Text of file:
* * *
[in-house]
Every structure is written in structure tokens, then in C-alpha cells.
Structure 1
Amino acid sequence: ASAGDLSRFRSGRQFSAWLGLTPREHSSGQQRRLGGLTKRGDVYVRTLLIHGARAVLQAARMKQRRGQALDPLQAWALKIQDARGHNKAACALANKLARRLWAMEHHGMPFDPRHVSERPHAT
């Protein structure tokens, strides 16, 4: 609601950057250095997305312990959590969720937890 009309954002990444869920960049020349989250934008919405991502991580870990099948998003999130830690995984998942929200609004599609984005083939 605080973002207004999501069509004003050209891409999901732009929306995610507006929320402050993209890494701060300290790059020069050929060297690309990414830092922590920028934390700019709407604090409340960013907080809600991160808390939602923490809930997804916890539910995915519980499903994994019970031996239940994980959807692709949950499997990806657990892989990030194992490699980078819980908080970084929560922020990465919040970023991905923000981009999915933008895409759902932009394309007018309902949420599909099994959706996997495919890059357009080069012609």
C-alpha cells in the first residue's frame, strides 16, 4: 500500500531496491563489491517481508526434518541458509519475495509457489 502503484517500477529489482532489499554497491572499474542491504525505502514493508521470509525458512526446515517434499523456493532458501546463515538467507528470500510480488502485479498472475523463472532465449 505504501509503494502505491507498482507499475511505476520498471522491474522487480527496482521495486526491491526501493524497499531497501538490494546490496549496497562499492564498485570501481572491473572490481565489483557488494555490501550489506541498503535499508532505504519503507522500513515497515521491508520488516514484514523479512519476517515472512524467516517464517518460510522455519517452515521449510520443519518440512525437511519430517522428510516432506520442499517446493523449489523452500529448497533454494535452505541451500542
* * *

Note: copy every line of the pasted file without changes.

[in-house]
Every structure is written in structure tokens, then in C-alpha cells.
Structure 1
Amino acid sequence: ASAGDLSRFRSGRQFSAWLGLTPREHSSGQQRRLGGLTKRGDVYVRTLLIHGARAVLQAARMKQRRGQALDPLQAWALKIQDARGHNKAACALANKLARRLWAMEHHGMPFDPRHVSERPHAT
């Protein structure tokens, strides 16, 4: 609601950057250095997305312990959590969720937890 009309954002990444869920960049020349989250934008919405991502991580870990099948998003999130830690995984998942929200609004599609984005083939 605080973002207004999501069509004003050209891409999901732009929306995610507006929320402050993209890494701060300290790059020069050929060297690309990414830092922590920028934390700019709407604090409340960013907080809600991160808390939602923490809930997804916890539910995915519980499903994994019970031996239940994980959807692709949950499997990806657990892989990030194992490699980078819980908080970084929560922020990465919040970023991905923000981009999915933008895409759902932009394309007018309902949420599909099994959706996997495919890059357009080069012609």
C-alpha cells in the first residue's frame, strides 16, 4: 500500500531496491563489491517481508526434518541458509519475495509457489 502503484517500477529489482532489499554497491572499474542491504525505502514493508521470509525458512526446515517434499523456493532458501546463515538467507528470500510480488502485479498472475523463472532465449 505504501509503494502505491507498482507499475511505476520498471522491474522487480527496482521495486526491491526501493524497499531497501538490494546490496549496497562499492564498485570501481572491473572490481565489483557488494555490501550489506541498503535499508532505504519503507522500513515497515521491508520488516514484514523479512519476517515472512524467516517464517518460510522455519517452515521449510520443519518440512525437511519430517522428510516432506520442499517446493523449489523452500529448497533454494535452505541451500542